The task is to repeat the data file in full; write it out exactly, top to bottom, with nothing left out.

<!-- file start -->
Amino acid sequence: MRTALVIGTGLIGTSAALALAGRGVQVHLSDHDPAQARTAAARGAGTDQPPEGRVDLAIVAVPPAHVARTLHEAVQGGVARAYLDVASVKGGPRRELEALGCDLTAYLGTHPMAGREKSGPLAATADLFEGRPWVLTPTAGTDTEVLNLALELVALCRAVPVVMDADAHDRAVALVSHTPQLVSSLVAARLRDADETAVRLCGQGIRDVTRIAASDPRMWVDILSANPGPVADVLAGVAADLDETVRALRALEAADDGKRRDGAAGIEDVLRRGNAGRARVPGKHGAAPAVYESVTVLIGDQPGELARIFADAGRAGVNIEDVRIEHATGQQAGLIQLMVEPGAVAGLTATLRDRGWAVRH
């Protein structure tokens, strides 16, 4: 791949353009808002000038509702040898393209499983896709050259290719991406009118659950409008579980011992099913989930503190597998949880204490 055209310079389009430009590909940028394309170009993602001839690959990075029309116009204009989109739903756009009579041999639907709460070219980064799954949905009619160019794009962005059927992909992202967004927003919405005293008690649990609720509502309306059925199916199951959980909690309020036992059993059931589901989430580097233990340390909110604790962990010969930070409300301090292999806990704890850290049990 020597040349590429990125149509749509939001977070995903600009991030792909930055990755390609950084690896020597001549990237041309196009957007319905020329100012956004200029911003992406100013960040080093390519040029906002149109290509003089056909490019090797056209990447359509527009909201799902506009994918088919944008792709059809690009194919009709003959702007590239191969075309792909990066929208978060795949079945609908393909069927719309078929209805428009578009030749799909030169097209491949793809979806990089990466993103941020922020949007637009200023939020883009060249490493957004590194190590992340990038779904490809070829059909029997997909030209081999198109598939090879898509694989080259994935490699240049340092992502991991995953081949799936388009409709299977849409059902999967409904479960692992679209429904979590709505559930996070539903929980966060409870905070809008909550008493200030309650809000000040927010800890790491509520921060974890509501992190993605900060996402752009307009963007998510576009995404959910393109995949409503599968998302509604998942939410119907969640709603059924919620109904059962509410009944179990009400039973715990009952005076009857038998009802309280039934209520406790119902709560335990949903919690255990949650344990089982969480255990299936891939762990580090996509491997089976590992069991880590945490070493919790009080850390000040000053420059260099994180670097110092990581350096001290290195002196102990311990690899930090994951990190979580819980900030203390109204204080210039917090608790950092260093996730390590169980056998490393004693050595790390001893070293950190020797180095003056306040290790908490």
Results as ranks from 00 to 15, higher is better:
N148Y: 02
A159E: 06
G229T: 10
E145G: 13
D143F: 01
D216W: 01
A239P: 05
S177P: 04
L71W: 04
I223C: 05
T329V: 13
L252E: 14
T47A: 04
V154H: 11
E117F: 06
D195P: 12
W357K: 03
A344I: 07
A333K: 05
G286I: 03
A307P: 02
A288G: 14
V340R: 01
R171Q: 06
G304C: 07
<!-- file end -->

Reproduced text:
Amino acid sequence: MRTALVIGTGLIGTSAALALAGRGVQVHLSDHDPAQARTAAARGAGTDQPPEGRVDLAIVAVPPAHVARTLHEAVQGGVARAYLDVASVKGGPRRELEALGCDLTAYLGTHPMAGREKSGPLAATADLFEGRPWVLTPTAGTDTEVLNLALELVALCRAVPVVMDADAHDRAVALVSHTPQLVSSLVAARLRDADETAVRLCGQGIRDVTRIAASDPRMWVDILSANPGPVADVLAGVAADLDETVRALRALEAADDGKRRDGAAGIEDVLRRGNAGRARVPGKHGAAPAVYESVTVLIGDQPGELARIFADAGRAGVNIEDVRIEHATGQQAGLIQLMVEPGAVAGLTATLRDRGWAVRH
């Protein structure tokens, strides 16, 4: 791949353009808002000038509702040898393209499983896709050259290719991406009118659950409008579980011992099913989930503190597998949880204490 055209310079389009430009590909940028394309170009993602001839690959990075029309116009204009989109739903756009009579041999639907709460070219980064799954949905009619160019794009962005059927992909992202967004927003919405005293008690649990609720509502309306059925199916199951959980909690309020036992059993059931589901989430580097233990340390909110604790962990010969930070409300301090292999806990704890850290049990 020597040349590429990125149509749509939001977070995903600009991030792909930055990755390609950084690896020597001549990237041309196009957007319905020329100012956004200029911003992406100013960040080093390519040029906002149109290509003089056909490019090797056209990447359509527009909201799902506009994918088919944008792709059809690009194919009709003959702007590239191969075309792909990066929208978060795949079945609908393909069927719309078929209805428009578009030749799909030169097209491949793809979806990089990466993103941020922020949007637009200023939020883009060249490493957004590194190590992340990038779904490809070829059909029997997909030209081999198109598939090879898509694989080259994935490699240049340092992502991991995953081949799936388009409709299977849409059902999967409904479960692992679209429904979590709505559930996070539903929980966060409870905070809008909550008493200030309650809000000040927010800890790491509520921060974890509501992190993605900060996402752009307009963007998510576009995404959910393109995949409503599968998302509604998942939410119907969640709603059924919620109904059962509410009944179990009400039973715990009952005076009857038998009802309280039934209520406790119902709560335990949903919690255990949650344990089982969480255990299936891939762990580090996509491997089976590992069991880590945490070493919790009080850390000040000053420059260099994180670097110092990581350096001290290195002196102990311990690899930090994951990190979580819980900030203390109204204080210039917090608790950092260093996730390590169980056998490393004693050595790390001893070293950190020797180095003056306040290790908490």
Results as ranks from 00 to 15, higher is better:
N148Y: 02
A159E: 06
G229T: 10
E145G: 13
D143F: 01
D216W: 01
A239P: 05
S177P: 04
L71W: 04
I223C: 05
T329V: 13
L252E: 14
T47A: 04
V154H: 11
E117F: 06
D195P: 12
W357K: 03
A344I: 07
A333K: 05
G286I: 03
A307P: 02
A288G: 14
V340R: 01
R171Q: 06
G304C: 07